One on One with Nyashinski: Coke Studio, Tuendelee & Kenyan Music.

Comeback king Nyashinski has been on a roll this year; ever since returning to the industry and taking it by storm, Shinski has refused to rest on his laurels; he has just released a follow up to ‘Now you know’ and is cooking up more, all while he works on A Coke Studio project with Yemi Alade. I caught up with the music legend to talk about his project as well as the state of Kenyan Music, thanks to the good people at Teenwise Media and Coke Studio Africa.

Nyash began by speaking with much amusement about his Coke Studio project.

“It’s been a lot of fun; work shouldn’t be this fun! It’s been great getting to know the artists as human beings too, and I’ve learnt a lot. It’s a great platform, and the viewers will love it.”

One of the standouts from my interview with the hip hop legend is his passion for music; he spoke against Kenyan music being referred to ‘local’.

“It’s not local music, its Kenyan music; Sauti Sol are not local artists, they are Kenyan. Their music is heard all over the world”

He also urged people to embrace their love for Kenyan music.

“All of a sudden it’s become cool to say ‘I don’t even like local but I like your song; I like that song you did in the desert’” he says, much to the amusement of mine and several other interviewers. “Stop man, it’s cool to be Kenyan!”

“I also want the industry to grow so much that people confidently say ‘I’m a musician’. I can tell someone ‘I’m a musician’ and that person will say ‘okay, what else do you do?’ you get?”

He also shared some insight into how he markets his music, in which he appears to take a pretty laid back but successful approach.

“Online, basically; social media plays a big factor, as it’s the best way through which a musician can connect with his fans.”

He also gave some advice on how to go your way in the music industry. “Enjoy yourself, and do things you like. This thing doesn’t last forever, so you have to make the most of it. It’s supposed to be fun; once it feels like a strain then you’re doing a something wrong”

One of the standout themes from Nyashinski’s comeback song was his previously short stay in the industry. He says ‘mi ni Yule mgeni alikaa siku mbili tu’, implying that he did not give us enough time to get tired of him; which begged my question:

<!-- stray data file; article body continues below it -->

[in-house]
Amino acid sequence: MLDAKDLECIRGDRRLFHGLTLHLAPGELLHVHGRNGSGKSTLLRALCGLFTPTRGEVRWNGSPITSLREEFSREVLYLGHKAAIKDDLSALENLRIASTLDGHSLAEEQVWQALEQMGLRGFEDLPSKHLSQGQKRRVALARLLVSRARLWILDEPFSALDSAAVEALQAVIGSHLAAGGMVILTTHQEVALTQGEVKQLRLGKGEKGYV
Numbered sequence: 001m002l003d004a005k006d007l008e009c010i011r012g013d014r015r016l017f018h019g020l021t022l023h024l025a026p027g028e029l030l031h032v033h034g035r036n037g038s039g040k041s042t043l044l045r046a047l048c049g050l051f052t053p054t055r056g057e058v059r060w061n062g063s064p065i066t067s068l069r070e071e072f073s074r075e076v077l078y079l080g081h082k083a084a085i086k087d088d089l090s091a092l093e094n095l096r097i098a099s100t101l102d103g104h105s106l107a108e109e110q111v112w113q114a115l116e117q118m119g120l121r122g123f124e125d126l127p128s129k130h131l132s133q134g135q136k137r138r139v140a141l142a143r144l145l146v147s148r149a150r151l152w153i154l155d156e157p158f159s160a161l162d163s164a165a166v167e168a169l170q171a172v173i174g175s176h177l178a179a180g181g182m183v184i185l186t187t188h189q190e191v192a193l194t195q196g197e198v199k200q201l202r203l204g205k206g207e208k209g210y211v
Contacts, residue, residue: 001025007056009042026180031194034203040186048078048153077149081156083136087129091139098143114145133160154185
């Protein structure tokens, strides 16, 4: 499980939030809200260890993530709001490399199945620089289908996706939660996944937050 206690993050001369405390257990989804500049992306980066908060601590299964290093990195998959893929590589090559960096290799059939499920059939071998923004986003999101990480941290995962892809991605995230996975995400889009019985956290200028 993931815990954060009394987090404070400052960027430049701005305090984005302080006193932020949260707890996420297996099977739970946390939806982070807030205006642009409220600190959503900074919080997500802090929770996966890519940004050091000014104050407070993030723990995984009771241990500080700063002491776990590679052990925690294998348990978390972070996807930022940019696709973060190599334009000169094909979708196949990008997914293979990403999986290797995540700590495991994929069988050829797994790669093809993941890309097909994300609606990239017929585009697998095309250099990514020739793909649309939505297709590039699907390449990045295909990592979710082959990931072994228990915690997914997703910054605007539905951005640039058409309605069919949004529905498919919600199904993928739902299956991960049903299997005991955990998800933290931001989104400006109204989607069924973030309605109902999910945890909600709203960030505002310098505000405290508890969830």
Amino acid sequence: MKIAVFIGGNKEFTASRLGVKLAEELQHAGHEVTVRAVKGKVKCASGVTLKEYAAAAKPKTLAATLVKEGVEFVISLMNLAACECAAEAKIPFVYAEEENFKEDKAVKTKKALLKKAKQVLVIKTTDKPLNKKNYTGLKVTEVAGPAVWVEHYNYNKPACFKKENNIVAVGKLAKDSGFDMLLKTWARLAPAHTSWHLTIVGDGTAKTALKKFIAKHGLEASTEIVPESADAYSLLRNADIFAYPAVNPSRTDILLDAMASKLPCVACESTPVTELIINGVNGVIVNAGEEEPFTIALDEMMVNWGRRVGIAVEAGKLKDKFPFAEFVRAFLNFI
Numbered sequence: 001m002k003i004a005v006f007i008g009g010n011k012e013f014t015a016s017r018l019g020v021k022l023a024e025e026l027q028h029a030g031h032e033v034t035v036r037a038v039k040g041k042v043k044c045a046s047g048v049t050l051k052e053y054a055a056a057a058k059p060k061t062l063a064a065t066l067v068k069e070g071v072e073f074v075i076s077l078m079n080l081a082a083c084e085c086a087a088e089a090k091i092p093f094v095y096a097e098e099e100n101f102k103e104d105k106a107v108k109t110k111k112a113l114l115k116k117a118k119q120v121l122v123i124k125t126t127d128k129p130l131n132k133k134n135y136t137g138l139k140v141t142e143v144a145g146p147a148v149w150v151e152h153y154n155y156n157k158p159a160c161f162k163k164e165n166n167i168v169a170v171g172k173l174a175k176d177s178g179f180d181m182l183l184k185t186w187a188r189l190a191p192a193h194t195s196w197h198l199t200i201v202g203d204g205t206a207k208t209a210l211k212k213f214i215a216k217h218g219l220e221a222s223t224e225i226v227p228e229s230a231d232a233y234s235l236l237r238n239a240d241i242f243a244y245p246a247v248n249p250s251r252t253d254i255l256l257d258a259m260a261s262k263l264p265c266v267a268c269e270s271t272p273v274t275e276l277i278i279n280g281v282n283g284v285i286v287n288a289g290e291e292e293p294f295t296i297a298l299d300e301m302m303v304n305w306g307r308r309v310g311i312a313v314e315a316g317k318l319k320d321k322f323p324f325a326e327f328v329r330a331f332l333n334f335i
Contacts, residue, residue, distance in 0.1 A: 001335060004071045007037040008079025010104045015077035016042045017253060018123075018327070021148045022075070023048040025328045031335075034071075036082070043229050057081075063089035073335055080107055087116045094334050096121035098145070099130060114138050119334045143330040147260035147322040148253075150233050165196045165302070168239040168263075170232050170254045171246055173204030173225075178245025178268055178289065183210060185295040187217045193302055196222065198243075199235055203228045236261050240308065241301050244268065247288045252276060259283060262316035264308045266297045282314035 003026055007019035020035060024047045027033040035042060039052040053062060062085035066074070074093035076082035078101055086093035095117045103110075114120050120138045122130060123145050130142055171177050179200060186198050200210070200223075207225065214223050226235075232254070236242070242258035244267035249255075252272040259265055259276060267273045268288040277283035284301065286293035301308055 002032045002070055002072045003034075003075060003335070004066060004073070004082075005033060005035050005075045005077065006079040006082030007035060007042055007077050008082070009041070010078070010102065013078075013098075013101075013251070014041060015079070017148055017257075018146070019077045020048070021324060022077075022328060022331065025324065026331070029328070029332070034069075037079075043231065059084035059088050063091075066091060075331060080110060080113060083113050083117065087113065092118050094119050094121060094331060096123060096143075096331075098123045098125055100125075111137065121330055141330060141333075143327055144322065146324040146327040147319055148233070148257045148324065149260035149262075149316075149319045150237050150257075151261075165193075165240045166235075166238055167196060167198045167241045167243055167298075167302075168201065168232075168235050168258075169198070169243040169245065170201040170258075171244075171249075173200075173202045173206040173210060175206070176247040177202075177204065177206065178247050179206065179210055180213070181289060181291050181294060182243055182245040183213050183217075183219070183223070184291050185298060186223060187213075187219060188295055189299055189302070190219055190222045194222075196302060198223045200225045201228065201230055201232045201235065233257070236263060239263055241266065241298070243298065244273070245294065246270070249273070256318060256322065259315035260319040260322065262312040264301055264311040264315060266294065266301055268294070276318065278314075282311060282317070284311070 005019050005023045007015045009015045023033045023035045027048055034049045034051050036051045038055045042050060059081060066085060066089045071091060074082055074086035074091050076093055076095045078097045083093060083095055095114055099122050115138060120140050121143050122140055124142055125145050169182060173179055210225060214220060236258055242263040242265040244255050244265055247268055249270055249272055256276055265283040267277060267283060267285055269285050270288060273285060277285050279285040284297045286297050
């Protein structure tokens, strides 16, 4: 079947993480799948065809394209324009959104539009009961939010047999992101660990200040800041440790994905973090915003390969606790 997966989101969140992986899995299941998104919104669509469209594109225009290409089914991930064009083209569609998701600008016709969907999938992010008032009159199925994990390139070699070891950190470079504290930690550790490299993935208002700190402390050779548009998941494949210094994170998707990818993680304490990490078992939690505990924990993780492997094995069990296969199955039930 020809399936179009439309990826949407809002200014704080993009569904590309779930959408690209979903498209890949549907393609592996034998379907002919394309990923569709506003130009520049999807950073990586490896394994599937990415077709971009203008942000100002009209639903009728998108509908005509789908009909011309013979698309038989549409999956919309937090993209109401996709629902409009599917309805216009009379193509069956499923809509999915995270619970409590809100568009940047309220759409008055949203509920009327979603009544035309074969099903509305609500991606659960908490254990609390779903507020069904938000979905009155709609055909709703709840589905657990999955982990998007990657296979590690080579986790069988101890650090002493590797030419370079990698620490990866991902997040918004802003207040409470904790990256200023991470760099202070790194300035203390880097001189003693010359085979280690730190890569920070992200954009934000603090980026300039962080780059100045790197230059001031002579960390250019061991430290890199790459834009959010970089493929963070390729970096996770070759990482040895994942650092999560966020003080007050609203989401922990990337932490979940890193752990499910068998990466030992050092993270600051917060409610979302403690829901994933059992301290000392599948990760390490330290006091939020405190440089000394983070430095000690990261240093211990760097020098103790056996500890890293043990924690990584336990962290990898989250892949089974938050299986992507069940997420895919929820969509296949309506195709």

“Do you think that some musicians overstay their welcome in the industry?”

He ponders for a while, “That’s an interesting question; well, that line had more to do with the perception of the fans, not the reality of the situation. People treat you like ‘mgeni amekaa sana’ not that you have stayed too long. This thing is for everybody, and anybody can do it for as long as they can if they are dedicated. The fans will love you if you do it right.”

Tuendelee

We also got to talking about Klepto’s ‘Tuendelee’ a hip hop song that highly resonates with people aged 20-30 years old; most of whom can easily recite his first verse.

“People say that it’s the best diss song of all time” he says. “I would call it more of a response song, though. The song was a response to a number of people; we didn’t have time to go name by name so we ‘compiled’ them and responded” he says with a laugh. “There was a lot of talk about people needing to rap more, and not mixing styles like we were; so we just wanted to reminder that mixing styles is completely okay.”

“People say that it’s the best diss song of all time, but did you expect it to become one of the best Kenyan hip hop songs of the time, and now too might I add?”, I asked.
“I did not anticipate that; Actually, I didn’t think about that at all. It isn’t in my nature to give my song expectations; it’s natural but I tried to keep away from that. We knew, though; we tested it with our small circle and it tested very well, so we knew it would become quite something. But nah, I didn’t expect it to become what it became; thank you for that though!”

Nyash signed off with one piece of advice for young people and teenagers:

“Respect your mothers; nobody will ever love you like your mothers do, and it gets to some age that teens feel more irritated by your mothers, but please respect them.”
Douglaswrites

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